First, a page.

I've tried just about every on- and off-ice exercise to fix this, but nothing is working. My body just wants to open up and does not want to land backwards on my toe pick. It's really frustrating.

Coach B had me try a new jump, which she just introduced to me. It's called an inside axel, which I had heard of before but had never seen before she demonstrated it to me. You do an inside forward 3-turn but you take off as you're going forward (and before you do the 3-turn; otherwise, it's just a loop jump). You rotate 1 and a half revolutions and land backwards. So, it's an axel, but starting on an inside edge, and on the "other" foot.

Confused yet?

Here is a video of my inside axels.

These are supposed to help train my body to pull in tight for a full rotation and land going backwards. You'll see that my landings are slightly cheated, but this exercise is forcing me to have to pull in tight. My free leg is out to the side on purpose - Coach B tells me that is correct.

The inside axel looks scary, but it is actually quite fun. Have you tried this jump before? Or, have you seen anybody attempt this in a competition before?


Wednesday, December 18, 2013

White chocolate funfetti pudding cookies

Have you ever been part of a cookie swap?  My friend Leigh hosts one at her house every year, but I also participate in an online cookie swap. My online cooking friends and I started a new tradition of swapping cookies with each other, and last year was the first time I participated. I got assigned someone who is local (and whom I've never met in person yet, but I hope to soon), and I decided to bake her something festive for the holidays - white chocolate funfetti pudding cookies. Pudding cookies have been on my to-bake list for a while now, and I finally get to cross them off my list.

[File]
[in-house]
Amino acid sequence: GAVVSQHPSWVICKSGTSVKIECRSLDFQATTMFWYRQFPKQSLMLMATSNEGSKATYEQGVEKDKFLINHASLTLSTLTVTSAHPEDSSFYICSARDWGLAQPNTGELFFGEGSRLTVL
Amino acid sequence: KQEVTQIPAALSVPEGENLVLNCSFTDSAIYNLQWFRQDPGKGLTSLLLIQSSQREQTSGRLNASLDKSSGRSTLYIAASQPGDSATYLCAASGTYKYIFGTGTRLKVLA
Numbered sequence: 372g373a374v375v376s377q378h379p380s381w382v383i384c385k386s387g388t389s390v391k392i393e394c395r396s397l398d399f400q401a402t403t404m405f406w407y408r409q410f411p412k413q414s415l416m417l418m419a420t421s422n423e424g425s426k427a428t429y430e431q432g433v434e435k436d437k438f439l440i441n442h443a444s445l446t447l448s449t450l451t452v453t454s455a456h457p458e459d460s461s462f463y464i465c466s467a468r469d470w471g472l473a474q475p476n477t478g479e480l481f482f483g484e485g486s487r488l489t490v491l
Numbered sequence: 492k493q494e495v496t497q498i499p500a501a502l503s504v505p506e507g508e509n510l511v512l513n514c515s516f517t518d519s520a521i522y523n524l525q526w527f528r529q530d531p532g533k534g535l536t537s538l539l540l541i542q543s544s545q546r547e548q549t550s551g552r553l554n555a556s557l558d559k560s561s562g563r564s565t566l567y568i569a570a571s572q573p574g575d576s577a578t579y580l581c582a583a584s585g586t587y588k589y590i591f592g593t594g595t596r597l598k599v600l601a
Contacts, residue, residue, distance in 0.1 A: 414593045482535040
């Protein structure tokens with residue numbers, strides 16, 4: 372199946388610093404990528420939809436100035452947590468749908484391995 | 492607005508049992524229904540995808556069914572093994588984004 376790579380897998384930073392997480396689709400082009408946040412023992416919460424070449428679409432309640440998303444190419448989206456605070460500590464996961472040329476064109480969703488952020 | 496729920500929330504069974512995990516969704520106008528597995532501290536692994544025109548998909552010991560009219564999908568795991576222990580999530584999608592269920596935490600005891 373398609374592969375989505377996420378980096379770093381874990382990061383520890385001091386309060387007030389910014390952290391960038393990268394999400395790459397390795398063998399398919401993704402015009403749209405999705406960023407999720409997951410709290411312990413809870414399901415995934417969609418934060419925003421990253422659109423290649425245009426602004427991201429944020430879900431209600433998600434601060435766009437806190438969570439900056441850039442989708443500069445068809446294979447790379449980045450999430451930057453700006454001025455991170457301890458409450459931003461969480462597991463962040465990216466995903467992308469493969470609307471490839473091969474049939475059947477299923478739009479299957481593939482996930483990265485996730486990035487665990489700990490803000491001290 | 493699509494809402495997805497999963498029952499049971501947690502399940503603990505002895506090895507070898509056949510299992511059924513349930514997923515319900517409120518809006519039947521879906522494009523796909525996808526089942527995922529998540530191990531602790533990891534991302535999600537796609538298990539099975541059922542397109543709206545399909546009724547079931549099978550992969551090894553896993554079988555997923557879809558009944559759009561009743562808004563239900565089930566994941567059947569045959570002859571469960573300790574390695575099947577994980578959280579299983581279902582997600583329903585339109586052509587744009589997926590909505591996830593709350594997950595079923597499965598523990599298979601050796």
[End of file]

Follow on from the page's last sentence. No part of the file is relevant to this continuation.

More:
The cookies were soft and chewy from the pudding mix, and the white chocolate and sprinkles made them more festive, flavorful and fun. I used a french vanilla pudding mix for my cookies but I bet that the cheesecake one would taste just as good. I've heard that the reason pudding cookies work so well is because of the cornstarch in the pudding mix. Try them and let me know what you think.

My cookie recipient will also receive another batch of cookies that I will share with you soon. I hope that she and her fiance' enjoy these.

White chocolate funfetti pudding cookies
  • 2¼ cups flour
  • 1 teaspoon baking soda
  • ½ teaspoon salt
  • 3.4 oz package cheesecake or vanilla pudding mix
  • 1 cup (2 sticks) unsalted butter, softened
  • ¾ cup brown sugar
  • ¼ cup granulated sugar
  • 2 large eggs
  • 1 teaspoon vanilla extract
  • 2 cups white chocolate chips
  • ½ cup rainbow sprinkles
Preheat your oven to 350 degrees F.

Line two baking sheets with parchment paper or use a silicone baking mat. Set aside.

In a large bowl, whisk together the flour, baking soda, salt, and dry pudding mix. Set aside.